In the summer of 1999 I moved to Colorado.
A place much different from my native Rhode Island.
I had never lived away from Rhode Island before.
But I moved to Colorado because I needed a change.
And I knew Colorado had mountains.
Within two weeks of arriving in Colorado, I hiked my first mountain: Flattop.
In Rocky Mountain National Park and on the Continental Divide….and on the Continental Divide Trail.
I knew of this fabled footpath. And I knew I’d walk it one day.
Upon moving to Colorado I did what is important when I am in a new town: I made sure I procured a library card.
Naturally I gravitated towards the books on the Continental Divide Trail.
I enjoyed both quite a bit.
But one book really stuck with me. A book about hiking the Continental Divide but not the Continental Divide Trail: Stephen Pern’s The Great Divide .
Written about a journey that took place in 1983, it is much different than more recent accounts of long hikes.
The book is not a cookie cutter journey. Nor is the tale an Epic Journey of Self.
Pern bought maps, plotted a route and had to make decisions on the fly depending on the situation.
The tale is told with typical understated and dry British humor leavened quite nicely with some wry observations.
It was a solo journey. Only a handful of other travelers were encountered.
Even before I did the majority of my own long hikes, I knew what Stephen Pern experienced seemed more of a wilderness journey than what I could experience in 1999. Never mind 2016.
Stephen Pern’s The Great Divide was published in the mid-1980s and has been out of print for a while.
However, due to the wonders of eBooks, the book has been republished in Kindle format.
I recently re-read the book.
And my initial observations still hold.
But thirty years removed from when Pern’s journey took place, perhaps the differences in the outdoor journeys are even more pronounced.
Longer hikes are as much as about the social experience, or perhaps more so, as the outdoor experience.
Being part of a wandering tribe that stays in touch even on the trail.
Pern’s journey would be very difficult to have today unless a person avoids the more well-known lettered routes or even simply makes up a route of their own.
But more than enjoying a description of a wilderness journey, I reveled reading about the places I know knew.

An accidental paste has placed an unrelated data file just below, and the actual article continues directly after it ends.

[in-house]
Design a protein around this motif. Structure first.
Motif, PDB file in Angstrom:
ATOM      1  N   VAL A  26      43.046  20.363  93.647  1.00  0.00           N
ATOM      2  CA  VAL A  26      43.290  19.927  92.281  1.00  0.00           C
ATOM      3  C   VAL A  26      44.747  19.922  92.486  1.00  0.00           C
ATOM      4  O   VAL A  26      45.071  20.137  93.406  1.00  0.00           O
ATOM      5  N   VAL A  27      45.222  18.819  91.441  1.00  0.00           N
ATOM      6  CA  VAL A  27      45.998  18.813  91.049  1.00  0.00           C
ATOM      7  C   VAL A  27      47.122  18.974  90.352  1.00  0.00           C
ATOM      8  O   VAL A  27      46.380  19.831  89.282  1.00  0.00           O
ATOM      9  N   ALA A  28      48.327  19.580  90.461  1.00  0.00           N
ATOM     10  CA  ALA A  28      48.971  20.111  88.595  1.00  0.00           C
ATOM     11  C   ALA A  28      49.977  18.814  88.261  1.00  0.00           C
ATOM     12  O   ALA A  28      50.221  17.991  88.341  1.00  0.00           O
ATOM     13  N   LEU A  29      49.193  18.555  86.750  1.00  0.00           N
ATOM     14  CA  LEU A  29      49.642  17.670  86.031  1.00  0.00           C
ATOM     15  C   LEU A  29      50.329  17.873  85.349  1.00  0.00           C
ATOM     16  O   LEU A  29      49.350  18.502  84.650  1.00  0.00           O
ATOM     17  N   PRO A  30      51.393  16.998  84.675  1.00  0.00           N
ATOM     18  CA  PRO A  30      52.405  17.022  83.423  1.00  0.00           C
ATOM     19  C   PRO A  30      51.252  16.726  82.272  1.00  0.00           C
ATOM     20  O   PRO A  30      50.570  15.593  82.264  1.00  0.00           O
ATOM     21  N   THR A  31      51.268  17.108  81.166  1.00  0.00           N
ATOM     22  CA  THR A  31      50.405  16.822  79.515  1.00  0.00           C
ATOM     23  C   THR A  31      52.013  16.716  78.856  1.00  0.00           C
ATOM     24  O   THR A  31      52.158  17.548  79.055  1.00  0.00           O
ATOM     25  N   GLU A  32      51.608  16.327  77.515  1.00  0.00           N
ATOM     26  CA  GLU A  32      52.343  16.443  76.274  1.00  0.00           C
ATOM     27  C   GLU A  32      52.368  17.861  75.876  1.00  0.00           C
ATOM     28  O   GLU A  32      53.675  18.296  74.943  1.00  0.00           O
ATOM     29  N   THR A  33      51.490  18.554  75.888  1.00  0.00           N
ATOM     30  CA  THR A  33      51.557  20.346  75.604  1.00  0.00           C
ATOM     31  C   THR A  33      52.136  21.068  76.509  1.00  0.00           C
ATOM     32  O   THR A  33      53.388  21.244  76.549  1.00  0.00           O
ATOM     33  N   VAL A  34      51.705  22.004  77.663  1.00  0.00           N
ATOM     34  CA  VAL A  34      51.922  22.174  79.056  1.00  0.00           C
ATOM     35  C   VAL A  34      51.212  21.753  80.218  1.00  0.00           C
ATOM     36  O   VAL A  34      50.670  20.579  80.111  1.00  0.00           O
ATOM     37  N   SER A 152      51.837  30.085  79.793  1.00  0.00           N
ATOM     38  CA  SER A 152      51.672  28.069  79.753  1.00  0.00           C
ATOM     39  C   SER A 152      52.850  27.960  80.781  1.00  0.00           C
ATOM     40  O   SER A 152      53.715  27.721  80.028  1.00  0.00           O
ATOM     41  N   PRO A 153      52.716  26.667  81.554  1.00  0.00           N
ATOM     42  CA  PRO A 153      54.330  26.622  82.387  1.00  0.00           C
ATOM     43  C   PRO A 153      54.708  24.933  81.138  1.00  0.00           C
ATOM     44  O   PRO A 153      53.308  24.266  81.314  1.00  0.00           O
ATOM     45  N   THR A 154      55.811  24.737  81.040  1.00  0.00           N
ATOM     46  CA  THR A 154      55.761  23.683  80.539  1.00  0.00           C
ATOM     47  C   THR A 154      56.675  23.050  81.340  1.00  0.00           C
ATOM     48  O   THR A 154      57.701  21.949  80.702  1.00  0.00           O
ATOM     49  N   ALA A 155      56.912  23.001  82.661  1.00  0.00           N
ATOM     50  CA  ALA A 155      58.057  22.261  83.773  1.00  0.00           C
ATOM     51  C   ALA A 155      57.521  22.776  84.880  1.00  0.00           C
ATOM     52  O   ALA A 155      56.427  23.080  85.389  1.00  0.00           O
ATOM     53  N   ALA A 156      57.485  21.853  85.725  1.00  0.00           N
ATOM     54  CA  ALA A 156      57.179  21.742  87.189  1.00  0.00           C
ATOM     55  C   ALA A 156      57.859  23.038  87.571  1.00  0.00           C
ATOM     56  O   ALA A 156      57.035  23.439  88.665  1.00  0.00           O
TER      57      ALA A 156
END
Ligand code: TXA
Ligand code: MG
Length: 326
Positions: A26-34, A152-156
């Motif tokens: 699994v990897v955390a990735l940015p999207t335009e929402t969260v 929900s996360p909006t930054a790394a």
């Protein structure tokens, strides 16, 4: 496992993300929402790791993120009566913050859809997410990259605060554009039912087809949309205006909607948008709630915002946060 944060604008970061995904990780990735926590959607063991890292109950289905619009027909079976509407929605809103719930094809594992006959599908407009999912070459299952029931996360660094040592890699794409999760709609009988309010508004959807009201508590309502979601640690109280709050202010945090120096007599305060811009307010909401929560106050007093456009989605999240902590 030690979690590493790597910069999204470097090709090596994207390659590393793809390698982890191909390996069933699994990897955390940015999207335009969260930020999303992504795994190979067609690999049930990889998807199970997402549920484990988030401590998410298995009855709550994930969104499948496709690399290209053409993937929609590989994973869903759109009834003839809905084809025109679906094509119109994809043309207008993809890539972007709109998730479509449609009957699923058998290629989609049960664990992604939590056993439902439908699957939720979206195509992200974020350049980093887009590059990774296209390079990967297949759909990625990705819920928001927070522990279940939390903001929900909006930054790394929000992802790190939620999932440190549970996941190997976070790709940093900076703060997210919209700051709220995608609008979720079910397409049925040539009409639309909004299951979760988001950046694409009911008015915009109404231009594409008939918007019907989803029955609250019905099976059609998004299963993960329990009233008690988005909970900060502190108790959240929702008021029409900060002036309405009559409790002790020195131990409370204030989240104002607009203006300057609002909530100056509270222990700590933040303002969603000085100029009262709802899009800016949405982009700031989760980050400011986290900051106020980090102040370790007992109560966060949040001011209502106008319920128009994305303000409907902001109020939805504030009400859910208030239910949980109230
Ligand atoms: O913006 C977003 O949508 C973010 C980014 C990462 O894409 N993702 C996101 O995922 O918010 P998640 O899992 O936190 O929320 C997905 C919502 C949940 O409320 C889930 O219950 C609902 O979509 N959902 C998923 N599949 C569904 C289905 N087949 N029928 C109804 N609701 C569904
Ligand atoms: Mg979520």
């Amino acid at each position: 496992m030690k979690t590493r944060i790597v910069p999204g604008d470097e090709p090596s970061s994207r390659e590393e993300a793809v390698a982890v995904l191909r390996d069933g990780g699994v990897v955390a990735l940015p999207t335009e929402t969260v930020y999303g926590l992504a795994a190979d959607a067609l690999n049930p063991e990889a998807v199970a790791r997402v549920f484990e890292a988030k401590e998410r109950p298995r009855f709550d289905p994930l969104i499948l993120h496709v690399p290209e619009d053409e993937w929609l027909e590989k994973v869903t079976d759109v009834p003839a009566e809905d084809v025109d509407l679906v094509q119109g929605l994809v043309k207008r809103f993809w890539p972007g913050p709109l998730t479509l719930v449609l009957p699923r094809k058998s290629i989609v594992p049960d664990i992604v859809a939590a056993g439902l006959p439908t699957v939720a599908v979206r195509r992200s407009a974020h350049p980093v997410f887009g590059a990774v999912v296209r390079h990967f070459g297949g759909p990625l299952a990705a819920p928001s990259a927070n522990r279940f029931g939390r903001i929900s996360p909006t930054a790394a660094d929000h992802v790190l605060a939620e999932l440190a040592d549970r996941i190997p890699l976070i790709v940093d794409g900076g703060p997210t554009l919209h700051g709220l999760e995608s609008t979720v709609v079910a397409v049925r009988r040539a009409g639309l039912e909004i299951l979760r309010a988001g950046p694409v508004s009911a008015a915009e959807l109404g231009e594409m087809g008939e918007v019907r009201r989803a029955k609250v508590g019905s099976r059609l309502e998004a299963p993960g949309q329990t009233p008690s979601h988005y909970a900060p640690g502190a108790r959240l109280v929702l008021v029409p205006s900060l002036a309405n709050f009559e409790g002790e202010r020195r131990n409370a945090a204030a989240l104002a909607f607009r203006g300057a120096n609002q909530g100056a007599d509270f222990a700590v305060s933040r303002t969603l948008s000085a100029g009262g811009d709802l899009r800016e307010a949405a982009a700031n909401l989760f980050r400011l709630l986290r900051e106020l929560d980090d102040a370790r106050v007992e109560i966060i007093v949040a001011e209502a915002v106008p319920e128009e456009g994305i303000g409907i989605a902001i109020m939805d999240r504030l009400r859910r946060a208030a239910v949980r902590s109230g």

When I read The Great Divide back in 1999 names such “Wamsutter“, “The Red Desert”, “The Wind River Range” , “The San Juans” and other places were just names in a book to me. Seventeen years later? I know the places. I’ve been to them. They are part of my outdoor experience.
And despite all the differences in both the long trails and the outdoors in general since 1983, some parts of the experience has not changed.
Here’s one example…
Then, as now, people could not travel by foot or horse through the Jicarilla Apache land that is situated on the Continental Divide.
Hikers must go around it. Today’s CDT hikers cut through the Carson National Forest.
Pern? He choose a route that went by an outlier of Chaco Canyon: Pueblo Pintado.
Pern described a lonely, quiet and impressive dwelling that is quiet isolated.
When I visited the place in 2015 I suspect it was not much different from what Pern saw and experienced.
Pern’s account is about a journey in the wild. The wild places are first and foremost with the inner journey a distant second if acknowledged all.
If you are interested in reading about a long journey in the wild places you’ll enjoy The Great Divide . It is not about the thru-hiking experience or the culture. The Great Divide is about a person who was immersed in the wild places of the American West, his often droll observations about his experiences and what it is like to spend several months walking along or near the spine of the Rockies.
An engaging tale and a tale told well.
The Great Divide is available in Kindle format as well as used copies in paperback and hard cover.